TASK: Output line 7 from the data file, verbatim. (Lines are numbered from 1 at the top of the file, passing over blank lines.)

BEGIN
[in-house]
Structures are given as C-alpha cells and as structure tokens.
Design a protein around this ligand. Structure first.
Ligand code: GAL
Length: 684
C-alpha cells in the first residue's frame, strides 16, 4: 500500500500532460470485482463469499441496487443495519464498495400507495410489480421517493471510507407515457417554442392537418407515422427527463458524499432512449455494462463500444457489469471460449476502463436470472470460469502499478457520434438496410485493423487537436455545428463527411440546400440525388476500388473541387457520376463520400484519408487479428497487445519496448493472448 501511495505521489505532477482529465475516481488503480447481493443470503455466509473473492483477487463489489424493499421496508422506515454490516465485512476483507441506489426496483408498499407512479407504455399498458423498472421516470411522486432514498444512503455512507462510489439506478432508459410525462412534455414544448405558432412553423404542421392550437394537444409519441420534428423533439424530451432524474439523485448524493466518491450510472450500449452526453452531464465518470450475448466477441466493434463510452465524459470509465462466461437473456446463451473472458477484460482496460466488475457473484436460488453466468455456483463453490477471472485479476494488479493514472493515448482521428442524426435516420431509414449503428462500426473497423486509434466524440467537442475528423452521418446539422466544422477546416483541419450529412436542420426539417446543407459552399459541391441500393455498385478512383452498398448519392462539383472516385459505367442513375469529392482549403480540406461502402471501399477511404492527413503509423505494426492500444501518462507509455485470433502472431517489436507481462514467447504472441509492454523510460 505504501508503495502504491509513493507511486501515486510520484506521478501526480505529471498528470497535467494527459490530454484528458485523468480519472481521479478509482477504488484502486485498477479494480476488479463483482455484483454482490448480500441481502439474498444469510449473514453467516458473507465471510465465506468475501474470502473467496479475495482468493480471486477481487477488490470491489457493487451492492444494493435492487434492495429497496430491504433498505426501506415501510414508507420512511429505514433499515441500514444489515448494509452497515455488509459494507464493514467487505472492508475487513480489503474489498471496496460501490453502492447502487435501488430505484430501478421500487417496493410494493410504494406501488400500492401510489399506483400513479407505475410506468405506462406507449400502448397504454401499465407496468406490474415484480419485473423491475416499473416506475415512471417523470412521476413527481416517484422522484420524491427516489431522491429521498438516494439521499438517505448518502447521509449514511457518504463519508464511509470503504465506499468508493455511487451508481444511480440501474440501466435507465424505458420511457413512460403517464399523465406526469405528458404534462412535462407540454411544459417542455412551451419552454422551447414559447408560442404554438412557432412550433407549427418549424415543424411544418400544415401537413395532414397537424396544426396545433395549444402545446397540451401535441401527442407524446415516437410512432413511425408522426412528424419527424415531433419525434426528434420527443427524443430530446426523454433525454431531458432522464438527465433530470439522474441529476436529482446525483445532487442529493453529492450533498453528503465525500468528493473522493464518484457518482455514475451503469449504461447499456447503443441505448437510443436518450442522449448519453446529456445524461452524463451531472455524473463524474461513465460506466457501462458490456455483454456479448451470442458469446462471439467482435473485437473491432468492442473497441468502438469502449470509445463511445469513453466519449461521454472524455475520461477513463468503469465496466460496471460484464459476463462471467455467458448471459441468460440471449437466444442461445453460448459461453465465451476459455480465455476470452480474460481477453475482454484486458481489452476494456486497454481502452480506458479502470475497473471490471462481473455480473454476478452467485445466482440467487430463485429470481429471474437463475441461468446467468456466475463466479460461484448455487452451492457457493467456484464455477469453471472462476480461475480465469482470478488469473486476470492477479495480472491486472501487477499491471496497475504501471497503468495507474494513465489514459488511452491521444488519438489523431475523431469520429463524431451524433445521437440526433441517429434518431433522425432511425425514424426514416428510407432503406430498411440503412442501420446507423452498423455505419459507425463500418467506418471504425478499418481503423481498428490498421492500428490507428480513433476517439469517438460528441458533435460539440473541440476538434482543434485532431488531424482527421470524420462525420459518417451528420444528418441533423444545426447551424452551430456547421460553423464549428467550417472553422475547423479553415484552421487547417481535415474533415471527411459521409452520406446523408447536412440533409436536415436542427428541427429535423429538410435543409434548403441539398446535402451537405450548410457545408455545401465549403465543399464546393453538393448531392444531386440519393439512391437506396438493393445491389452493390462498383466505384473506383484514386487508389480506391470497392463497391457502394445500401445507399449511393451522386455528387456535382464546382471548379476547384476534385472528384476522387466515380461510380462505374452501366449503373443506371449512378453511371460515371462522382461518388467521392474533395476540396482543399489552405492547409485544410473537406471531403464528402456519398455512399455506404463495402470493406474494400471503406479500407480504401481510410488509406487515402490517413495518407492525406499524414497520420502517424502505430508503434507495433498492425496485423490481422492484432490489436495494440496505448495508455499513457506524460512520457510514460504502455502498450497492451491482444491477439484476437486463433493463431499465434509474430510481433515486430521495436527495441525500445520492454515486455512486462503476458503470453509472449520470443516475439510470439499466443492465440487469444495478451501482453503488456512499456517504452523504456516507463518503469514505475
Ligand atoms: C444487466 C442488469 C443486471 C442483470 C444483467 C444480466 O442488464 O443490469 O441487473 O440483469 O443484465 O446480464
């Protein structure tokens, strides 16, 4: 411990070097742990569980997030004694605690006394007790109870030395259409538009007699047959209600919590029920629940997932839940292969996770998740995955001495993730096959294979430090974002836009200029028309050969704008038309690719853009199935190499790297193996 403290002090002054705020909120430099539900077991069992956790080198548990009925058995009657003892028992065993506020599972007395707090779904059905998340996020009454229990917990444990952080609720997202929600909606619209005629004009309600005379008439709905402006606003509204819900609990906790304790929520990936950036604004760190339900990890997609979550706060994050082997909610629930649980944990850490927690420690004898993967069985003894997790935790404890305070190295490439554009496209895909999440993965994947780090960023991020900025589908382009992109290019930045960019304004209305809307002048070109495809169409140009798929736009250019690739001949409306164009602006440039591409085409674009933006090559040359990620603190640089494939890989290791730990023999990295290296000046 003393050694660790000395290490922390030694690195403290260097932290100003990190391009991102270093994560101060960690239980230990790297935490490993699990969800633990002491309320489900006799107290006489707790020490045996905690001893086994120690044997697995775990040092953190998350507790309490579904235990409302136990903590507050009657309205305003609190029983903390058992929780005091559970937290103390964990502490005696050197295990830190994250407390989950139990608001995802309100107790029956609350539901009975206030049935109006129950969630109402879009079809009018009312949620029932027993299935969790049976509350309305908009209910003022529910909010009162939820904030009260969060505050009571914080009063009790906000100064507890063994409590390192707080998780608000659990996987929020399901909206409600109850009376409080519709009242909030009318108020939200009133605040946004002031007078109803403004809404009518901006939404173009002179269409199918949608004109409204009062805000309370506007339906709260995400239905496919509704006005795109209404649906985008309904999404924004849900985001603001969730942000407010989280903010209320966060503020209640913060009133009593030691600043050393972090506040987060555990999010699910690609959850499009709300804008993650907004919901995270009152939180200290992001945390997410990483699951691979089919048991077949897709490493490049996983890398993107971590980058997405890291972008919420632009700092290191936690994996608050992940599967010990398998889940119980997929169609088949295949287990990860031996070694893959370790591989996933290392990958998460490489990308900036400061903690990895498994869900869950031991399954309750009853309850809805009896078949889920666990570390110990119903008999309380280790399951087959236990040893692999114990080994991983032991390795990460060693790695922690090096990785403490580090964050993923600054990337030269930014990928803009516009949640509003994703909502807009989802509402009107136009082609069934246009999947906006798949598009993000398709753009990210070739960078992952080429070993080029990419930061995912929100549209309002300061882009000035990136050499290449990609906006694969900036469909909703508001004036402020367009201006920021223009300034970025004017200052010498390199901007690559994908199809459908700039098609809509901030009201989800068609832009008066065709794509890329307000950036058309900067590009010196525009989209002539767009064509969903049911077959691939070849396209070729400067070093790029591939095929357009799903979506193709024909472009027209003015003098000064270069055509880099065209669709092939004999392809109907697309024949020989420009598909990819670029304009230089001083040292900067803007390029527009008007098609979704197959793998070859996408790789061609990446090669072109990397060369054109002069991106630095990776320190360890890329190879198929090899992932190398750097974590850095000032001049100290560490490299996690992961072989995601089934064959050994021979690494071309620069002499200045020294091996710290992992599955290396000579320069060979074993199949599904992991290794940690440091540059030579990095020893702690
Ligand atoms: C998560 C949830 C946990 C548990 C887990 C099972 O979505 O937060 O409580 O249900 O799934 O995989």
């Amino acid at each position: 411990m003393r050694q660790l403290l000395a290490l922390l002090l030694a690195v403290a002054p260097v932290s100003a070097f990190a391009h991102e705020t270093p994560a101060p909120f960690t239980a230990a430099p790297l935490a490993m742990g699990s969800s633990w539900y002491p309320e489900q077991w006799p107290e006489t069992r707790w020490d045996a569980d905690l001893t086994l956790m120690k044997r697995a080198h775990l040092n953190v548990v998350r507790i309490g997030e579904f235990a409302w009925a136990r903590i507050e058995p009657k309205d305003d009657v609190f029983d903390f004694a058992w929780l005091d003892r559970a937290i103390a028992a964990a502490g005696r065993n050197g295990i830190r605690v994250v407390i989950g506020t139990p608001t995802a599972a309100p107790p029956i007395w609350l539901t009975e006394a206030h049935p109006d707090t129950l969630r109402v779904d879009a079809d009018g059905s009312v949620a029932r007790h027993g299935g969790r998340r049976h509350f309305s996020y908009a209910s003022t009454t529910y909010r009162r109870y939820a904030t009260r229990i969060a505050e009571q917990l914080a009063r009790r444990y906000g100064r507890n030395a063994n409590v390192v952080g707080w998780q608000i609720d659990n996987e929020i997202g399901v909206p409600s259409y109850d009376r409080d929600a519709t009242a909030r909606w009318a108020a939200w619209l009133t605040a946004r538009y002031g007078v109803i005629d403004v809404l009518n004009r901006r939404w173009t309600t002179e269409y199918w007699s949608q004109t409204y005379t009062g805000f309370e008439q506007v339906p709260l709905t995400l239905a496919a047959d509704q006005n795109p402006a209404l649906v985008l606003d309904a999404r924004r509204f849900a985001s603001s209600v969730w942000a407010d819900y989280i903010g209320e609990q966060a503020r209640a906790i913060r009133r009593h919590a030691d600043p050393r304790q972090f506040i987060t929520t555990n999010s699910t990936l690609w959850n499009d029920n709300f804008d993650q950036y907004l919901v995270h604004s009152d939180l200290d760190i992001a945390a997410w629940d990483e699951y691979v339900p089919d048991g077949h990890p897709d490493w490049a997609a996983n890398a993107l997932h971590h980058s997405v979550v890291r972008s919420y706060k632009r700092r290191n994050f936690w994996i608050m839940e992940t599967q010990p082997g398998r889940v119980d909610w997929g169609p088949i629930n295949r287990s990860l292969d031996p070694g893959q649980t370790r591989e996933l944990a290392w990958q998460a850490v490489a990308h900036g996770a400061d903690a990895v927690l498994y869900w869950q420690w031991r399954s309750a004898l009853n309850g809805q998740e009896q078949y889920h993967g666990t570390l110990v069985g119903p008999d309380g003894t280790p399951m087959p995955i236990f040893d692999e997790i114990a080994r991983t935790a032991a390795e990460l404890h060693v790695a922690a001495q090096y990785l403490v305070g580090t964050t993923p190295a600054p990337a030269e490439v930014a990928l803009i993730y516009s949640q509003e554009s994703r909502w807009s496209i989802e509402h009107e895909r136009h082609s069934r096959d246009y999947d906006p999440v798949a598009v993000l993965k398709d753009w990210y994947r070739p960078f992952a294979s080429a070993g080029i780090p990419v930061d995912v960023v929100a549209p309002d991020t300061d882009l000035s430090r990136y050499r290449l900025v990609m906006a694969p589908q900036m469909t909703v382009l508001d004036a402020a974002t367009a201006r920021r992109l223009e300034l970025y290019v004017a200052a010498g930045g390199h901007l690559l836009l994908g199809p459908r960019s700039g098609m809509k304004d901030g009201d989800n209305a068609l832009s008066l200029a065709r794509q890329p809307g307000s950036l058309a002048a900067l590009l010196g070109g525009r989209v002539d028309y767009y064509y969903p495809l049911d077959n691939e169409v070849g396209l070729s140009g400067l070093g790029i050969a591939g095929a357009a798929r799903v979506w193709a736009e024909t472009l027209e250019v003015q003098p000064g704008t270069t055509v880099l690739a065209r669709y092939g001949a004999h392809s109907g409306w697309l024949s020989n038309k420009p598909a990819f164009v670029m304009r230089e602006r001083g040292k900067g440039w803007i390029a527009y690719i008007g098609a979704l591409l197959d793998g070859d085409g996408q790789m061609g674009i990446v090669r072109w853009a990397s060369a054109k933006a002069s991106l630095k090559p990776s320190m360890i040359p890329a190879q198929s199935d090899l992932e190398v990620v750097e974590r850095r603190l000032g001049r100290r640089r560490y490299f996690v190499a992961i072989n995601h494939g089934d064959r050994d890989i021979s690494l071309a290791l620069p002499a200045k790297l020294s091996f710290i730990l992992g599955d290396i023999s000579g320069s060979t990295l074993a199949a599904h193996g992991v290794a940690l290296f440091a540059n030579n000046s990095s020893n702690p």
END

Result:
Ligand atoms: C444487466 C442488469 C443486471 C442483470 C444483467 C444480466 O442488464 O443490469 O441487473 O440483469 O443484465 O446480464